Dear Jean :
I have a problem
with my father. Since he's a doctor, he won't listen to anybody about
health problems and doesn't want to go to the doctor for a check up.
He's having fatigue and high blood pressure. He won't listen to me
about eating the right food and exercising. Please give me some advice
on how to get them help. Good day and God bless you.
L., Jackson, Mississippi
Dear Francine :
Even though you
are an adult, it is very hard for a father to accept his ?little
girl's? opinion. In his eyes you are still the little girl he knew many
years ago. I had that problem too. It wasn't until Dad had several
strokes and was living more in the past than the present that he
completely accepted my opinion about what should be done.
For some reason,
we humans don't want to face things that are happening as we grow
older. We don't want it to happen to us. We tend to deny the fact that
our body is not functioning the way it always has, and getting a
physical makes us face that possibility. When we face that fact we also
face the fact that our lives might be coming close to an end, even
though it may be years away yet.
Why don't you call his doctor (or your doctor) and ask for
advice? They deal with people like your father every day. Is there a
relative, friend or someone your father respects that could talk with
him about getting a check-up? They will probably have more influence
than you. Just explain the situation and ask for their help in getting
your father to the doctor. You might also need to ask their help to get
your father to take his medicine or go into the hospital for tests.
Dear Jean :
It's nice to know
you are here when I need someone to talk too. I have been a caretaker
for two aging parents for the last three years. Sometimes the stress
becomes unbearable. My mother has Alzheimer's (HORRIBLE DISEASE) and my
father has heart problems and is losing his eyesight ? he's already
blind in one eye. Trying to keep their meds schedules is no easy task.
letting me vent a little this morning. It felt good and certainly is
better than crying.
I am finding it
harder and harder to face each day. Do you ever wonder if anyone's life
really matters? Like if Lincoln or Kennedy weren't born -- so what?
History would be different, that's all.
Sometimes it gets
me down, but having people caring (like you) helps immensely.
D., Tulsa, Oklahoma
Dear Alice :
Write any time
you want. I've been there and sometimes just talking to someone who
understands helps tremendously. And you're right -- it is better than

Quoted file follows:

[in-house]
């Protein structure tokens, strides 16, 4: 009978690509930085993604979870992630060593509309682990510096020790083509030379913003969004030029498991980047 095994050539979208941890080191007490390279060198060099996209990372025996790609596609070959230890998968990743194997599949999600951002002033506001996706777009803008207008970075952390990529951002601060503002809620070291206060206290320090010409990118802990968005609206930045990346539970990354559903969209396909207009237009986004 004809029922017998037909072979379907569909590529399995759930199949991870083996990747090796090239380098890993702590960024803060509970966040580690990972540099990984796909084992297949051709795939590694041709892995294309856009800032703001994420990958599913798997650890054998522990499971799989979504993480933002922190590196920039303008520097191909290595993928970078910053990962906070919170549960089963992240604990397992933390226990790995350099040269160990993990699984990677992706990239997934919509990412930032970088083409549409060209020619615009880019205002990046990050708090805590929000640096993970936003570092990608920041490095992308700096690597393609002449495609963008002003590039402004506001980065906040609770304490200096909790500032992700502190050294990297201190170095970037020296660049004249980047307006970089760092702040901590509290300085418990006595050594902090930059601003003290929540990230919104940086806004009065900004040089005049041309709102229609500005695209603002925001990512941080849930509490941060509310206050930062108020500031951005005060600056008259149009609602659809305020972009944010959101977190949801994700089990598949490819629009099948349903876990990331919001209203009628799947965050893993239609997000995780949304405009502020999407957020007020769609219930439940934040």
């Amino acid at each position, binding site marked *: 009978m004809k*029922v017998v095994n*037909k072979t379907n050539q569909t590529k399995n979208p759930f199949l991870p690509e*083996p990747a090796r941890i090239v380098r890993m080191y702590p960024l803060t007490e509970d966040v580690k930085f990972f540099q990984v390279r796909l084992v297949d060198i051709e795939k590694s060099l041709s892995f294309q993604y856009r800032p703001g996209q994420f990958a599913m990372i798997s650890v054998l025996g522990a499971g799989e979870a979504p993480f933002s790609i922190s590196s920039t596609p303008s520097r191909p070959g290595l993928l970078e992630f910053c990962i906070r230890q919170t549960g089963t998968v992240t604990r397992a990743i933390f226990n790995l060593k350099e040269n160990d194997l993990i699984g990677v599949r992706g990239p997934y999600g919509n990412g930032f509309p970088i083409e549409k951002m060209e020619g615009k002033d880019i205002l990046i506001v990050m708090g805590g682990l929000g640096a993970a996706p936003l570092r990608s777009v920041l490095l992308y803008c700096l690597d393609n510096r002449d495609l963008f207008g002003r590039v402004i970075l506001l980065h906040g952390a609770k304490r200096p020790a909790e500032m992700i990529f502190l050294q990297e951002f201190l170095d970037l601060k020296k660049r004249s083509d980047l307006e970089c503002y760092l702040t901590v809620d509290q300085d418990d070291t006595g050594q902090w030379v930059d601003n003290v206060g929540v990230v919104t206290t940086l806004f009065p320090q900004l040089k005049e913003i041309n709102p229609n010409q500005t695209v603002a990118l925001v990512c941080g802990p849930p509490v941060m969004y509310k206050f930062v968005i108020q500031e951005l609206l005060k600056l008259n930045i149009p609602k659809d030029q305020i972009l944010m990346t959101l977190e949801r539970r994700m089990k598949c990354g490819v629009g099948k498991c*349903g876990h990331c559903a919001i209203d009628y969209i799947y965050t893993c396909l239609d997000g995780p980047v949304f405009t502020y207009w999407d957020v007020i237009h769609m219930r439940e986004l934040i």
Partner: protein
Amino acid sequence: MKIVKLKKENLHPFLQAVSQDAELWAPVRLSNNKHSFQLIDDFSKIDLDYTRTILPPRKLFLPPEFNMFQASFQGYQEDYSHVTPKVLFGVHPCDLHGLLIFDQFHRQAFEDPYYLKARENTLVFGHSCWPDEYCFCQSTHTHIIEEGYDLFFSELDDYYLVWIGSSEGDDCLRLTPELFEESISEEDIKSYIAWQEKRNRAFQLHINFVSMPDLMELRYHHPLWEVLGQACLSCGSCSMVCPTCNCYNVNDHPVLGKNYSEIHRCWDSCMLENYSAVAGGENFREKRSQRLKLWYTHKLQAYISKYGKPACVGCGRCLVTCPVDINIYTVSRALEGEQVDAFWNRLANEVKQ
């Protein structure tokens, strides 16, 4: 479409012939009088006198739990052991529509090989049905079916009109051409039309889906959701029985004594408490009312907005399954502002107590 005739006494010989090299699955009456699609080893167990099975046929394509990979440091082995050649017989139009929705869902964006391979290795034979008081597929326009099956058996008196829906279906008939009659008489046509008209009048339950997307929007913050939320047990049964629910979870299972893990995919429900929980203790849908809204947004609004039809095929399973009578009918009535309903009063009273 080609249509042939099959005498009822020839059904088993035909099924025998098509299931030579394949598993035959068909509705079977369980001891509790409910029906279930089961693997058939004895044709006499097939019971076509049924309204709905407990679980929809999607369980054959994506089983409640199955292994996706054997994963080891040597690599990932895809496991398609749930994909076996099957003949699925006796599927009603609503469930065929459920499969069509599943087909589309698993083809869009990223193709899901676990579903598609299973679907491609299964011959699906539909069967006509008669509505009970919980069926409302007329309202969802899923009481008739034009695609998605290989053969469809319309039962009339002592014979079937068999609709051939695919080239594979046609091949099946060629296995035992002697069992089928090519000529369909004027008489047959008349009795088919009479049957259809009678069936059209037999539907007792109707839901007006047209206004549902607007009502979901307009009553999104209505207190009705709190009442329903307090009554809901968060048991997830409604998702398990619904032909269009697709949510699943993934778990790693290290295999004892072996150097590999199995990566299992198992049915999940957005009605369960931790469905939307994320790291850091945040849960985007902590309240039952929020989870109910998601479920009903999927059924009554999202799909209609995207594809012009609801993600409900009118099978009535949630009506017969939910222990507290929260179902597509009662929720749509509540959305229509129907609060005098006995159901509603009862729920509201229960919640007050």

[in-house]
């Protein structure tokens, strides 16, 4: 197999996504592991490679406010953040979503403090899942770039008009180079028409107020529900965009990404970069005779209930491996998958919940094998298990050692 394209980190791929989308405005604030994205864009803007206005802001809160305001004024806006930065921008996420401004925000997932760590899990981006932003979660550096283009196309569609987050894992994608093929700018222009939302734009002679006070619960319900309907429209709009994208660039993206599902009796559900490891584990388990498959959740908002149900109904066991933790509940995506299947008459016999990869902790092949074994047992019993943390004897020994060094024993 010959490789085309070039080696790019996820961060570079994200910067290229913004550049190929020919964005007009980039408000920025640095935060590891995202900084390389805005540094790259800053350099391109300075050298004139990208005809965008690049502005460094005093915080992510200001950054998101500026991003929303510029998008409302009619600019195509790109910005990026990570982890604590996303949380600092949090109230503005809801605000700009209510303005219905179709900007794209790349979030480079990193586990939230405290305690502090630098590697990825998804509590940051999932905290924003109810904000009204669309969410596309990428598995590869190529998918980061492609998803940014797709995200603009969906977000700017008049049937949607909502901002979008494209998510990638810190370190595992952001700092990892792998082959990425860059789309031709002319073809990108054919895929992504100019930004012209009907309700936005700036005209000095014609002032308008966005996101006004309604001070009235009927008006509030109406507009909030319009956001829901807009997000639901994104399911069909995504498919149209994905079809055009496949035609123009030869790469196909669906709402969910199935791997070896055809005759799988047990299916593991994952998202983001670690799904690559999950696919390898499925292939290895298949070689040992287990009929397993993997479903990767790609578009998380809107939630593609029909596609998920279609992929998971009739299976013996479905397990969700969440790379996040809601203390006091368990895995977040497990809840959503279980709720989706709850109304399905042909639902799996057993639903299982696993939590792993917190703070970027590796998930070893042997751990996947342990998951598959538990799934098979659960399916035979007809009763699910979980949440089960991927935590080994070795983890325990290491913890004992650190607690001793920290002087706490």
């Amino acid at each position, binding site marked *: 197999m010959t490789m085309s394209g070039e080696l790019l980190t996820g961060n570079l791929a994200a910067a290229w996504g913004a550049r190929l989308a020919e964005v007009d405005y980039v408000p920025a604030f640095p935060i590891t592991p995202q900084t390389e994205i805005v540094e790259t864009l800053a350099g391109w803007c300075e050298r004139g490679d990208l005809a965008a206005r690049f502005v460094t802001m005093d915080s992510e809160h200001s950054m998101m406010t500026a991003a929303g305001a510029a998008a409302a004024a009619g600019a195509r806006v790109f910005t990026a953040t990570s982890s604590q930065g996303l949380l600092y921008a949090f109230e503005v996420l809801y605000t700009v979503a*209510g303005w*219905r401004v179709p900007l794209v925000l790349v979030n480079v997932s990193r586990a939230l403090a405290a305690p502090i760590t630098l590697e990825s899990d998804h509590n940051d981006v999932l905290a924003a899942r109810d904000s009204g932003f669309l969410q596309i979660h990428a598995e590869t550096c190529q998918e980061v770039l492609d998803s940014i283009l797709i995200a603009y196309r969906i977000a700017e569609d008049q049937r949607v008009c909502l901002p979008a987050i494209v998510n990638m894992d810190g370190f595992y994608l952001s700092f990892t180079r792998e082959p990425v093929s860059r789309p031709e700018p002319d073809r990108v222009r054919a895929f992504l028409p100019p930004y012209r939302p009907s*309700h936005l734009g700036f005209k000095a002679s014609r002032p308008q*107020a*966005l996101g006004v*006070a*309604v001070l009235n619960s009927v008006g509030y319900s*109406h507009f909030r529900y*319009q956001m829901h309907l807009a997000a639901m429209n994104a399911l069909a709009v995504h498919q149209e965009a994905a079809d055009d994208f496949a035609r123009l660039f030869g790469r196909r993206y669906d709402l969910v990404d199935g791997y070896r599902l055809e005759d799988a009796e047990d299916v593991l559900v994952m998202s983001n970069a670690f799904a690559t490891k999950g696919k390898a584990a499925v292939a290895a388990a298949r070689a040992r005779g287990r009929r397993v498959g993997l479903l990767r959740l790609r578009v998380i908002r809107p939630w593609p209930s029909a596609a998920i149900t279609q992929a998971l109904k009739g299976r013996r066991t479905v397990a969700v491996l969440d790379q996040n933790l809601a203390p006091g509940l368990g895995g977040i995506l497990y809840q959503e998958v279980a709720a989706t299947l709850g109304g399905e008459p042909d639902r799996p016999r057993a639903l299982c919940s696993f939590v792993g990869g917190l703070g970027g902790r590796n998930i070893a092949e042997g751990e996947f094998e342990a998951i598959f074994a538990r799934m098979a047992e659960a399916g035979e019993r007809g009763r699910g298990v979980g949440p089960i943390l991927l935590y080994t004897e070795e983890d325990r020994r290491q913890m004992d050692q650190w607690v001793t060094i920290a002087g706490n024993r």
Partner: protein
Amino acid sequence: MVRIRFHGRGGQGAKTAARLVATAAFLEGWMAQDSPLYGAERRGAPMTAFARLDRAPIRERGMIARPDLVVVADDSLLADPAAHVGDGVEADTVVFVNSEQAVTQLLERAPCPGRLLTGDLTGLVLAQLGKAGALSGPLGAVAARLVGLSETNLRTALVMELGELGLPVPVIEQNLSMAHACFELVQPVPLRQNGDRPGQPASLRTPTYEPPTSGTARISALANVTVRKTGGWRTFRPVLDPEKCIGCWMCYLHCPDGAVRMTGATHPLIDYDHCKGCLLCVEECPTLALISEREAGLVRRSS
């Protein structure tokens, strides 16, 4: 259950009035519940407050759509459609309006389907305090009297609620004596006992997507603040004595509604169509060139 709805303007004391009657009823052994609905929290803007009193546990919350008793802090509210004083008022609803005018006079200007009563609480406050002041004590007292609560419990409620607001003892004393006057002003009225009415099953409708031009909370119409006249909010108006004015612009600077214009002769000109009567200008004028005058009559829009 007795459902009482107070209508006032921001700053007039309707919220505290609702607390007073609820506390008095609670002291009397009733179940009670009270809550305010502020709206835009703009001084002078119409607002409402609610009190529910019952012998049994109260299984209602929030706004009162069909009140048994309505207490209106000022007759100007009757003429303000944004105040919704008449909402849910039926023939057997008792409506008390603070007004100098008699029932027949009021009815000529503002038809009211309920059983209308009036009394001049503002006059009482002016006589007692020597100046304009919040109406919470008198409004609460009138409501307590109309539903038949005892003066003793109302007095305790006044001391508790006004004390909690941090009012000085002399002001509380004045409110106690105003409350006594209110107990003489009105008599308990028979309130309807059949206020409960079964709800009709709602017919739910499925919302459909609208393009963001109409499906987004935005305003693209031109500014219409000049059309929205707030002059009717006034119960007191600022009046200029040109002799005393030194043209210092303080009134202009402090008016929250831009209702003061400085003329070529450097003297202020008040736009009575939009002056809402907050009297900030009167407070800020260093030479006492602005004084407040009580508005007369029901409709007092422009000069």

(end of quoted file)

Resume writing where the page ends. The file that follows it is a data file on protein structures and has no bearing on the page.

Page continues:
crying. We all have the same feelings you are experiencing when we are
caring for our loved ones, so you don't need to worry about you
feelings. They are normal!
There may be some
simple answers: Why don't you make a list of when your mother and
father should get each of their medicines? Make separate lists for each
day of the week, or put them in a day-by-day table form. When you give
the medicine, check it off. Make sure you keep a pencil or pen with the
list. This works very well. One time I forgot to check it off when I
gave a medicine, but I remembered that I gave it an hour later so I
marked it off then. Try not to do that because most of the time you
won't remember! This is the only way I could make sure I gave the right
medicine at the right time to each of my parents.
Alzheimer's disease and I agree: it is a horrible disease.
I'll sure be glad when they find a cure for it. Dad lost his sight in
one eye but the other one was fine. My daughter had heart problems when
she was born and open-heart surgery when she was 3 1/2. Now she is
living a normal life. I know how frightening these diseases are to live
with. Just take one day at a time and try not to worry about what might
happen in the future ? because it may not happen. Face each problem as
it presents itself.
You can write me
anytime you want. That's one of the reasons I'm here. I want to help
others with their family caregiving. If you can find a support group,
please talk to them also. If the stress and frustration become too
much, contact a counselor right away. There is nothing wrong with
talking to someone about the problems and frustrations of caregiving
and how it affects you. In fact, it will help.
Yes, Alice , I
have thought about whether a life matters. I have decided that it may
not matter to the whole world and it may not be in the history books,
but to the people we know, our family, friends, other people we
?accidentally? meet, etc., it does matter quite a lot and it affects
people in future generations. The movie shown every Christmas, It's a
Wonderful Life, with James Stewart is a poignant depiction of
what life would be like if one person had never been born. It shows how
important one person's life is to other people.
In your case, try
to remember all the people you have interacted with since you were born
(a tough task, I know). You might find that the movie shows only a
small portion of the people influenced by your own life. When I was 11
or 12, a new family moved to town for a couple of months. The girl who
was my age became my friend. When they moved away, she gave me a card
and present and told me how much my friendship meant to her. She said
that she normally couldn't make friends since they moved so often.
I'll never know
how much our encounter affected the rest of her life, but I feel sure
that it did affect it in a positive way ? and it made me feel good.